BOSTON — Bilingual students who have been trained in medical interpretation could ease some of the burden on medical practices and hospitals to provide translation services.
In a poster presented at the annual meeting of the American Public Health Association, researchers from Brown University and Rhode Island Hospital in Providence describe the success of one model—the Interpreter's Aide Program. The student-run volunteer program was launched in 1997 by two students in Brown's 8-year combined medical program in an effort to improve the quality and the availability of medical interpretation services.
Under the program, about 34 bilingual undergraduate and medical students from the university were trained in techniques of interpretation, issues of cultural awareness, and medical terminology. As part of their training, students took both written and oral exams. The bilingual students mainly spoke Spanish. The trained student interpreters were then used to supplement professional interpreters at Rhode Island Hospital.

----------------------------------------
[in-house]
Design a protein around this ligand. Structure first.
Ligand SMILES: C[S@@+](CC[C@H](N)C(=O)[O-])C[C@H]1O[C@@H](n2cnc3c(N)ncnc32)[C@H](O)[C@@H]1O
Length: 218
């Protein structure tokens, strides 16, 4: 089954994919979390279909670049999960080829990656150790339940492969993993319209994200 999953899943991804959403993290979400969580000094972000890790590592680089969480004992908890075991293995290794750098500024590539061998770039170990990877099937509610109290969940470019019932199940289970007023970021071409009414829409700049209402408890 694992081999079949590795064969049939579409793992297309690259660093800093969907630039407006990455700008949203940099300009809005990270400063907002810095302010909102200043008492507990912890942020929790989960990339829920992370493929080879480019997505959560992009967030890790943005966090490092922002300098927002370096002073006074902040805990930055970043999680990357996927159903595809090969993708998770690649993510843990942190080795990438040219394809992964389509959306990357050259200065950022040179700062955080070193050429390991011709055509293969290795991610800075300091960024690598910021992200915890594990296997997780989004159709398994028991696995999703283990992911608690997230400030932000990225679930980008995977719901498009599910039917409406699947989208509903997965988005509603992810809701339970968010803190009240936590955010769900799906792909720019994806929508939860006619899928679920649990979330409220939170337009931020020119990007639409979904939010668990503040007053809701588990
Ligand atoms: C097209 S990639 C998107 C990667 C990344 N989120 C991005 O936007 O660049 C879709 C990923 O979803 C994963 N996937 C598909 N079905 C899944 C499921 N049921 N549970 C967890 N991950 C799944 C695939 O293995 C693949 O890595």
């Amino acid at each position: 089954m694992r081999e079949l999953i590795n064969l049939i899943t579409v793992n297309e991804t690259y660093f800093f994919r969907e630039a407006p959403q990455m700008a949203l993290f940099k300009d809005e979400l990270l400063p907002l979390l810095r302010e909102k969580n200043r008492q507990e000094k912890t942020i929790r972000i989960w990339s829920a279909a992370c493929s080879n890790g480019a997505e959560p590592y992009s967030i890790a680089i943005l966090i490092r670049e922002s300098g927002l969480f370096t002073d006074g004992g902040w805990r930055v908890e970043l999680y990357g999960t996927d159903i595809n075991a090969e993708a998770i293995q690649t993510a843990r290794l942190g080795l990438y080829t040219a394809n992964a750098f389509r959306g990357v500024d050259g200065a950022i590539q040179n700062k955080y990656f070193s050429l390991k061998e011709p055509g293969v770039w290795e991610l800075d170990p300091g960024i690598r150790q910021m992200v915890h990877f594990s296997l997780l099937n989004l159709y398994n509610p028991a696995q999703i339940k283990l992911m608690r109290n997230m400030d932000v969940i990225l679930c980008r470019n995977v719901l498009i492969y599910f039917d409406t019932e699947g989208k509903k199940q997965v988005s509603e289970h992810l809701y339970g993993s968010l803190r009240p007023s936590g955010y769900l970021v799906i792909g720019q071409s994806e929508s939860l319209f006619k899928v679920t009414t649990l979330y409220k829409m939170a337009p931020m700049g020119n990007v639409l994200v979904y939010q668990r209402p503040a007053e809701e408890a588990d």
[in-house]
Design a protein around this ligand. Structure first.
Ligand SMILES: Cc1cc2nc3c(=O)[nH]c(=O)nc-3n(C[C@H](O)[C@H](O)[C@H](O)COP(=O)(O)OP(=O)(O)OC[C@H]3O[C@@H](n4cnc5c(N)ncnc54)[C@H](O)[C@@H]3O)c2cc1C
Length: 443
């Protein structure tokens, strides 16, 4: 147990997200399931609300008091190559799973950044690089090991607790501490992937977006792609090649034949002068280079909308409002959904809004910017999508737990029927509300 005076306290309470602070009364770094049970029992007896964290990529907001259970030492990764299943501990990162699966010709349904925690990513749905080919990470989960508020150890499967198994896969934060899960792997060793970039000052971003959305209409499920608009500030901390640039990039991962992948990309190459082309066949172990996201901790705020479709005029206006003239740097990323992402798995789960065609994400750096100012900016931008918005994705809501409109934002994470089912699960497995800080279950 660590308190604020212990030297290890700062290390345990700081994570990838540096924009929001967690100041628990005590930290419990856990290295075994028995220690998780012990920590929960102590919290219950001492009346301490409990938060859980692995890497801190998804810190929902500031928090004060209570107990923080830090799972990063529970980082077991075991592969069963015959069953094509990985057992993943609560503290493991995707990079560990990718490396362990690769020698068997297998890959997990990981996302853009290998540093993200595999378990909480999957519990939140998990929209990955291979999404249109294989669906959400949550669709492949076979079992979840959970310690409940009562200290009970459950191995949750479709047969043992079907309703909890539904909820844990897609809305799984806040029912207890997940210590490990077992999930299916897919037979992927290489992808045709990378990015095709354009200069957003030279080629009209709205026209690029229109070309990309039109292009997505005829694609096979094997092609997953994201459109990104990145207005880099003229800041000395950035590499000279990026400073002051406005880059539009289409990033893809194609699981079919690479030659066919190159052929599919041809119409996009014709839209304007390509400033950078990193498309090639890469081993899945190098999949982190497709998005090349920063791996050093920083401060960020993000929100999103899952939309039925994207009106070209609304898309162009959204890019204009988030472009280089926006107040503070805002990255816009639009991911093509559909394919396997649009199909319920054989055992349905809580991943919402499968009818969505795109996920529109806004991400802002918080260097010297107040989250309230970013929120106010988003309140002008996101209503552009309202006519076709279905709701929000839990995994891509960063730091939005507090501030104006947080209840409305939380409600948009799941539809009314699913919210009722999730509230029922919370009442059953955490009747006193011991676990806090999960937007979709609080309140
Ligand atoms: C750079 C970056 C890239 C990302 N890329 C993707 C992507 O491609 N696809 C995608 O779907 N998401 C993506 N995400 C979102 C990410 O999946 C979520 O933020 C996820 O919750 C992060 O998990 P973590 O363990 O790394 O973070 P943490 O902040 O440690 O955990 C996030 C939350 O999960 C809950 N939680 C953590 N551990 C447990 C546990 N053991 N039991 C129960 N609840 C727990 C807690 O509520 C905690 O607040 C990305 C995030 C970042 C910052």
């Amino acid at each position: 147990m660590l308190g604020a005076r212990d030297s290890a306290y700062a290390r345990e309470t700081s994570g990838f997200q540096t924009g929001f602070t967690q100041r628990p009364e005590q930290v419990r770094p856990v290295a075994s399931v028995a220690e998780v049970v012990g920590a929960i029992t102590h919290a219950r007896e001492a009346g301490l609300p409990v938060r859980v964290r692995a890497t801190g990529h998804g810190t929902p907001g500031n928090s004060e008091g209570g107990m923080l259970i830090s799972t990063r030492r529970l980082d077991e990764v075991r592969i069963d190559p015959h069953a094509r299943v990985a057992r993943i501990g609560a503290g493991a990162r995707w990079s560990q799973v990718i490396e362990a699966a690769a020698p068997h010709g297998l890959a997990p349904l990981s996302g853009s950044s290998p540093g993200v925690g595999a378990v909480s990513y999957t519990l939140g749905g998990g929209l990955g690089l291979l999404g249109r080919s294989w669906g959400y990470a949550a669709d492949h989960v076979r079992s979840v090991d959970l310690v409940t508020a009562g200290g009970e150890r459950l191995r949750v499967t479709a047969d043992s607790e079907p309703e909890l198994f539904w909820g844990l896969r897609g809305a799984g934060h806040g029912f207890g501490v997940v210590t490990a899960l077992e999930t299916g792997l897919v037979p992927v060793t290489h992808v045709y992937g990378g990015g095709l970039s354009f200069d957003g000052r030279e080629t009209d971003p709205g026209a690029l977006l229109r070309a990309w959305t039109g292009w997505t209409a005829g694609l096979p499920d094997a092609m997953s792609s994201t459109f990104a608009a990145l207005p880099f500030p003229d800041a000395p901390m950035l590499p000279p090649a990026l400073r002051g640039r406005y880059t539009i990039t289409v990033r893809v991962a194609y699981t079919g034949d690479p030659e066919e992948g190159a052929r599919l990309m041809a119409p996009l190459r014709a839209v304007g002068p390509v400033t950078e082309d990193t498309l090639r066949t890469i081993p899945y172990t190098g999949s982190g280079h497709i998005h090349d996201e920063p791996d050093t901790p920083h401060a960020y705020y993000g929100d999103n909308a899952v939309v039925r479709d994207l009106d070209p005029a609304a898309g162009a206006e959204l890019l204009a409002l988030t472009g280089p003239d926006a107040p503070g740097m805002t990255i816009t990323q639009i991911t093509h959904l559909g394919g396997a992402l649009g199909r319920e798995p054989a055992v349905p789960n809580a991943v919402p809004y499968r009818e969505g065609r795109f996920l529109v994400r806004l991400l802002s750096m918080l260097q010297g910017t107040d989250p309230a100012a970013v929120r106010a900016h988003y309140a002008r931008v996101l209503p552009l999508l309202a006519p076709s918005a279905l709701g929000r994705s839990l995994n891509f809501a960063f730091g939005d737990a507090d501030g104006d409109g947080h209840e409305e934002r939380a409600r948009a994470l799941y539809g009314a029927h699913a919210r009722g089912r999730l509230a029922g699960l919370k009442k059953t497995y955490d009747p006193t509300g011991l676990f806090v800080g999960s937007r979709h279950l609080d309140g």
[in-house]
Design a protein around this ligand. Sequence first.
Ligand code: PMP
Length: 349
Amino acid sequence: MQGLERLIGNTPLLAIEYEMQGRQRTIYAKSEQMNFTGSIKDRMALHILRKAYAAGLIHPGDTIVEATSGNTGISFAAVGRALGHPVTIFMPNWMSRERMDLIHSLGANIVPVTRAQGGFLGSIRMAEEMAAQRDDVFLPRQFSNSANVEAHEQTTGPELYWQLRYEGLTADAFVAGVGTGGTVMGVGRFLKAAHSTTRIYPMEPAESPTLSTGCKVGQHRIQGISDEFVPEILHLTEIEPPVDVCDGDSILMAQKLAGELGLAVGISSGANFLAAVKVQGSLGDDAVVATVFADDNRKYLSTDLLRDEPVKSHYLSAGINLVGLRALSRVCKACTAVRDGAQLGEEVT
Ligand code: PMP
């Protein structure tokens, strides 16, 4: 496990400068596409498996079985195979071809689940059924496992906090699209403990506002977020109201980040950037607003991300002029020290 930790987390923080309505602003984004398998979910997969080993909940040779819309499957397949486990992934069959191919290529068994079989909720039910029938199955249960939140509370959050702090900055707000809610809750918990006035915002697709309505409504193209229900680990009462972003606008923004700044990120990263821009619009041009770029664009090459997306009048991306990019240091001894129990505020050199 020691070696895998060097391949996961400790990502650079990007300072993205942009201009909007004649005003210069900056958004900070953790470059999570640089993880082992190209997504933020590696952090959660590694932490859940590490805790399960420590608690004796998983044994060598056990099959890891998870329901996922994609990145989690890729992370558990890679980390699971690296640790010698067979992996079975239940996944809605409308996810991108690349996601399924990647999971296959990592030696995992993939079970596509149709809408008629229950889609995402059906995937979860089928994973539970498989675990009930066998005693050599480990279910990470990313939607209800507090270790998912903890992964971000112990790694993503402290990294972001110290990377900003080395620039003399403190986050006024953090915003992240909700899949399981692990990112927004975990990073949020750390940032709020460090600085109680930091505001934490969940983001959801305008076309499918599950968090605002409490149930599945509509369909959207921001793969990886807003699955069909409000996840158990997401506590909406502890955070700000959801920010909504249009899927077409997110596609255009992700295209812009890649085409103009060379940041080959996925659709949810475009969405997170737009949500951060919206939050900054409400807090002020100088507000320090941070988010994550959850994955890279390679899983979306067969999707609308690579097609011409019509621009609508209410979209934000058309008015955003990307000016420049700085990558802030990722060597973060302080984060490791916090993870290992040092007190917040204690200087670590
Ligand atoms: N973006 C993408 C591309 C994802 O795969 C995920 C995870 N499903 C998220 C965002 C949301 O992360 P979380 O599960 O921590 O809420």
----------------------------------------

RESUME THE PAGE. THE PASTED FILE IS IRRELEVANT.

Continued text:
Between 2000 and 2002, an average of 34 students translated 1,333 hours a year, with each student volunteering his or her services for an average of 40 hours each year. The researchers estimated that the volunteer student program saved the hospital nearly $60,000 per year. An outside agency charges the hospital $45 per hour for interpretation services when students are not available.